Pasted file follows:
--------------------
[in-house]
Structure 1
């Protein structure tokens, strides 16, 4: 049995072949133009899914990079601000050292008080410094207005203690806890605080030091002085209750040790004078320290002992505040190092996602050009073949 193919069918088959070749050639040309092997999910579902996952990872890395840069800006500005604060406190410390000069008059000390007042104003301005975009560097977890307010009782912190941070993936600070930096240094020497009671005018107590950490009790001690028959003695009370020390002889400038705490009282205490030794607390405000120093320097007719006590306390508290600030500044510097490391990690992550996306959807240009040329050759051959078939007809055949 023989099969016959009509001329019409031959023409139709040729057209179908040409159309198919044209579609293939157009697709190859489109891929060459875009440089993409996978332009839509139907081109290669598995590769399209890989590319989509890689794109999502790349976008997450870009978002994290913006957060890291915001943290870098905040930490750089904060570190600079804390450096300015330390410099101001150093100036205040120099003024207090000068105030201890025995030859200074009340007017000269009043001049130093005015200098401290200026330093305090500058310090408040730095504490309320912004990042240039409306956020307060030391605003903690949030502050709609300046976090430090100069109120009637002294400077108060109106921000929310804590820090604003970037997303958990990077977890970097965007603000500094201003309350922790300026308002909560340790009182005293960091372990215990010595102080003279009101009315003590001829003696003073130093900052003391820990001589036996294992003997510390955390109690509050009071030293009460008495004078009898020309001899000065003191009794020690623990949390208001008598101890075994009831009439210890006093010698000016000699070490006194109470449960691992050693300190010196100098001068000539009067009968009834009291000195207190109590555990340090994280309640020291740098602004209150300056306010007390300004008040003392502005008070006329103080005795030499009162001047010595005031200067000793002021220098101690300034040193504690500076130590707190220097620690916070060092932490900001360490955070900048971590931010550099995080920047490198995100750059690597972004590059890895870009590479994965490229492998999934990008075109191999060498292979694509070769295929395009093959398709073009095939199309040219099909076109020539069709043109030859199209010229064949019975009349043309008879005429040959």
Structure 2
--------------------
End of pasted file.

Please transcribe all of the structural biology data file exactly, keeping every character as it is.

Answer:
[in-house]
Structure 1
């Protein structure tokens, strides 16, 4: 049995072949133009899914990079601000050292008080410094207005203690806890605080030091002085209750040790004078320290002992505040190092996602050009073949 193919069918088959070749050639040309092997999910579902996952990872890395840069800006500005604060406190410390000069008059000390007042104003301005975009560097977890307010009782912190941070993936600070930096240094020497009671005018107590950490009790001690028959003695009370020390002889400038705490009282205490030794607390405000120093320097007719006590306390508290600030500044510097490391990690992550996306959807240009040329050759051959078939007809055949 023989099969016959009509001329019409031959023409139709040729057209179908040409159309198919044209579609293939157009697709190859489109891929060459875009440089993409996978332009839509139907081109290669598995590769399209890989590319989509890689794109999502790349976008997450870009978002994290913006957060890291915001943290870098905040930490750089904060570190600079804390450096300015330390410099101001150093100036205040120099003024207090000068105030201890025995030859200074009340007017000269009043001049130093005015200098401290200026330093305090500058310090408040730095504490309320912004990042240039409306956020307060030391605003903690949030502050709609300046976090430090100069109120009637002294400077108060109106921000929310804590820090604003970037997303958990990077977890970097965007603000500094201003309350922790300026308002909560340790009182005293960091372990215990010595102080003279009101009315003590001829003696003073130093900052003391820990001589036996294992003997510390955390109690509050009071030293009460008495004078009898020309001899000065003191009794020690623990949390208001008598101890075994009831009439210890006093010698000016000699070490006194109470449960691992050693300190010196100098001068000539009067009968009834009291000195207190109590555990340090994280309640020291740098602004209150300056306010007390300004008040003392502005008070006329103080005795030499009162001047010595005031200067000793002021220098101690300034040193504690500076130590707190220097620690916070060092932490900001360490955070900048971590931010550099995080920047490198995100750059690597972004590059890895870009590479994965490229492998999934990008075109191999060498292979694509070769295929395009093959398709073009095939199309040219099909076109020539069709043109030859199209010229064949019975009349043309008879005429040959």
Structure 2